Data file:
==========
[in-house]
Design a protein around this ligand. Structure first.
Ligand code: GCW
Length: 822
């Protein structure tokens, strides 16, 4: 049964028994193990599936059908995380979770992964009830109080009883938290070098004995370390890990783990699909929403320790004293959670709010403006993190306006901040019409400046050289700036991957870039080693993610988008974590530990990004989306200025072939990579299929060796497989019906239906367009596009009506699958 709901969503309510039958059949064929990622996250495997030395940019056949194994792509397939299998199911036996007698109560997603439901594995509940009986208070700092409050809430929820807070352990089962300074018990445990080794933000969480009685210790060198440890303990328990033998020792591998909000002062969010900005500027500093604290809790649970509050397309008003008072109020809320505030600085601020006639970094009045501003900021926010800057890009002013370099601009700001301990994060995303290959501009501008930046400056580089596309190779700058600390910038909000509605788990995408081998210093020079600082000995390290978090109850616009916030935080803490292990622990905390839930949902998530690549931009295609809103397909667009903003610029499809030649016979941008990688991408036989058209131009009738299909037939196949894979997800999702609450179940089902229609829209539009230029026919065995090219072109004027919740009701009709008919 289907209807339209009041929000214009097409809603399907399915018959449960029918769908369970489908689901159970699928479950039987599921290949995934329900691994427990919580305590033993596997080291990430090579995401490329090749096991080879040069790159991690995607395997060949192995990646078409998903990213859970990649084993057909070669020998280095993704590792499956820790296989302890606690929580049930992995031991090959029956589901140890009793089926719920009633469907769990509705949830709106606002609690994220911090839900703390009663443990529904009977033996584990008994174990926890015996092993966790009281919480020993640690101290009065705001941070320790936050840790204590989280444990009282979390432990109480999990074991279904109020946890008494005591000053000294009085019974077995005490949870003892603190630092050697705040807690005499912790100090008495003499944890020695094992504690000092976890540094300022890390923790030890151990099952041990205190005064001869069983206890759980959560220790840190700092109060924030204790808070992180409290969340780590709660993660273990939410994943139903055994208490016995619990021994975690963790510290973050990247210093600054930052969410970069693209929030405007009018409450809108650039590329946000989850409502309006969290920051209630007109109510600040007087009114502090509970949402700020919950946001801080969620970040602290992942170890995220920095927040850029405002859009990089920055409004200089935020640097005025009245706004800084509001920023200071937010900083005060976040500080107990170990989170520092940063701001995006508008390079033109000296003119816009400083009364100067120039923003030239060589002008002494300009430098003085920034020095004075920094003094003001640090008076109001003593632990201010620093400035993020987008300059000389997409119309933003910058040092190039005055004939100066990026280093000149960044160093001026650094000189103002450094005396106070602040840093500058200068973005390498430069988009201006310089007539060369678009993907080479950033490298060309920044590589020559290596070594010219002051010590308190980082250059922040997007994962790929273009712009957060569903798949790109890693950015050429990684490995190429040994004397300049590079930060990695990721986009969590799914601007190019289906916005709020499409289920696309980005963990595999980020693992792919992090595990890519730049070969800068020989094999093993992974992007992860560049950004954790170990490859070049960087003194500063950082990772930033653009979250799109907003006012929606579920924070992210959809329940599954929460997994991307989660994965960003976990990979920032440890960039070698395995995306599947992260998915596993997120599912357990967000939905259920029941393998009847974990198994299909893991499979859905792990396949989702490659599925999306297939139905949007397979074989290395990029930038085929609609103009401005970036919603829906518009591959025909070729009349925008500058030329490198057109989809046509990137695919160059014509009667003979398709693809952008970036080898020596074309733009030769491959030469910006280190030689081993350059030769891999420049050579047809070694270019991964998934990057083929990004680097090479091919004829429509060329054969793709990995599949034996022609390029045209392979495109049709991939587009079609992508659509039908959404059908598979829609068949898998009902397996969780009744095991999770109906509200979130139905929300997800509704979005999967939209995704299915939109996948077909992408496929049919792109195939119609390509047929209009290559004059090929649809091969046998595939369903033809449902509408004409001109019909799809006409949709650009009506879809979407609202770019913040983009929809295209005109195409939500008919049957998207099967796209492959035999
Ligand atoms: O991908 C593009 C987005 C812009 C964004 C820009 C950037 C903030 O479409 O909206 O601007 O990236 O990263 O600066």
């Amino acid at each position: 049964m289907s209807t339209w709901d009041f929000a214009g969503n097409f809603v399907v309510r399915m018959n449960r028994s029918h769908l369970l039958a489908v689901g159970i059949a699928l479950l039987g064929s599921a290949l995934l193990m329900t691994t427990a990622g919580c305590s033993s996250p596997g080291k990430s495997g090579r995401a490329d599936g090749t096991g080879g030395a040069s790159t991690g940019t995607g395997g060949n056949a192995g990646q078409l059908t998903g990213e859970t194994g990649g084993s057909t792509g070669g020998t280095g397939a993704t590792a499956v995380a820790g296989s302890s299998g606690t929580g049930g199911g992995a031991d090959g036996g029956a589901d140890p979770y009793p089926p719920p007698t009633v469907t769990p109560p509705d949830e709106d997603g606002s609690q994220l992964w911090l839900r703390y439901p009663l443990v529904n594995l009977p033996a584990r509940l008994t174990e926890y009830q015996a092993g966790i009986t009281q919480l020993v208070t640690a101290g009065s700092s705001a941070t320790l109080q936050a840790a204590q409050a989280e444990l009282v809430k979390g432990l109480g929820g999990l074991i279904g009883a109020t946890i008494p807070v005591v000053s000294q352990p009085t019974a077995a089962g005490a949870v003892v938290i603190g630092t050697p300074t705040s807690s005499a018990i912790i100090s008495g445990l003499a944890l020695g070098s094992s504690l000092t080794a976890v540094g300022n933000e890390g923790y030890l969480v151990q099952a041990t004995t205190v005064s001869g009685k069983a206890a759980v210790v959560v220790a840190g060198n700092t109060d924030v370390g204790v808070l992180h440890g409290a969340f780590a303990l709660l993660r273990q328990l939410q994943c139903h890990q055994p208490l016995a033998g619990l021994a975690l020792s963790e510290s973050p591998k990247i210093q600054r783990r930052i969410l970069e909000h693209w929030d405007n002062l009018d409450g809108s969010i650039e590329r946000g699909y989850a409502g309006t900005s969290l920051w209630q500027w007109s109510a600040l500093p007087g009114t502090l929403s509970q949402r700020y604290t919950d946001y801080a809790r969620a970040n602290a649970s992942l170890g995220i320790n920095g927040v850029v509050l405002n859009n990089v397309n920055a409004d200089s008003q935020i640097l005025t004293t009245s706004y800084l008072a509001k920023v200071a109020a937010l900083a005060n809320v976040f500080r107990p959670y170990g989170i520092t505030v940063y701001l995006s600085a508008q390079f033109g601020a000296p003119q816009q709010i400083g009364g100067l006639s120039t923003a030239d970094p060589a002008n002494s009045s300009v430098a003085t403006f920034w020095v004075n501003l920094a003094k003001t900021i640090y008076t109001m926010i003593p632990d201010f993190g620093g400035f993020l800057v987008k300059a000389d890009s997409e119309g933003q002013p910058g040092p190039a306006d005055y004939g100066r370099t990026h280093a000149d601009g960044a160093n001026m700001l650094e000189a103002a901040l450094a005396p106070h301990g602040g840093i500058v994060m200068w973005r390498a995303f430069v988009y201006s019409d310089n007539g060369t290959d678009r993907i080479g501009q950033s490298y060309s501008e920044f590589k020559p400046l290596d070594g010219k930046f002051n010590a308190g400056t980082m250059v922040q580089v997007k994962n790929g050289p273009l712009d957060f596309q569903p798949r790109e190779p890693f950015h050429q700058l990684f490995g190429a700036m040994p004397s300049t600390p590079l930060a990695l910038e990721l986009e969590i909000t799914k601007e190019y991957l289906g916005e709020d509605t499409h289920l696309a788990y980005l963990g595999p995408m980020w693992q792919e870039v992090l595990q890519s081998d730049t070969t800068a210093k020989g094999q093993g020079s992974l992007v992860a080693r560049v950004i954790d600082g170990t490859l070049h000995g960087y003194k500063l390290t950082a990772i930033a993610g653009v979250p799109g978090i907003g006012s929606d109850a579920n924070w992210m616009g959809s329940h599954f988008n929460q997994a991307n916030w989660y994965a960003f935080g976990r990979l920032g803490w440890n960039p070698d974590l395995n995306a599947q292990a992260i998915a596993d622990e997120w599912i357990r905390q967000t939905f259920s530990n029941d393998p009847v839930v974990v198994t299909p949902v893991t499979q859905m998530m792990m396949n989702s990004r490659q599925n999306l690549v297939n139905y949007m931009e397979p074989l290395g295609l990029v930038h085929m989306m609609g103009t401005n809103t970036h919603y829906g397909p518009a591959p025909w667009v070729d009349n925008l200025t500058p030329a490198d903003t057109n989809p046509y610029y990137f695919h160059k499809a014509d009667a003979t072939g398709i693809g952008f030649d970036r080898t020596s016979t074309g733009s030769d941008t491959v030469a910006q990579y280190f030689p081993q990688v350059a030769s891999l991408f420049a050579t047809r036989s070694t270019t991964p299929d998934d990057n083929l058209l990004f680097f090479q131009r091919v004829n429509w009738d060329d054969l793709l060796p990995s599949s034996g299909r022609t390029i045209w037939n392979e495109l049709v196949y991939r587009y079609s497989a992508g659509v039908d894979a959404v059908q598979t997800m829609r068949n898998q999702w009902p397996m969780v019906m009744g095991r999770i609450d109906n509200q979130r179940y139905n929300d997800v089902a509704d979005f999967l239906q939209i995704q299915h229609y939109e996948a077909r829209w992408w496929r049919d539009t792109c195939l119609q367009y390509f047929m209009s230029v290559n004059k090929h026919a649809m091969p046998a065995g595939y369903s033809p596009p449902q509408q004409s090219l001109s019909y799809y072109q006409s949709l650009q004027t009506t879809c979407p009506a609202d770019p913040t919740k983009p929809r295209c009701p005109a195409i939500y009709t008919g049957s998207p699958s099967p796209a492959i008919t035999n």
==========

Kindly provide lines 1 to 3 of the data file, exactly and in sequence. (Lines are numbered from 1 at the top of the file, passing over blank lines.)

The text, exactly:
[in-house]
Design a protein around this ligand. Structure first.
Ligand code: GCW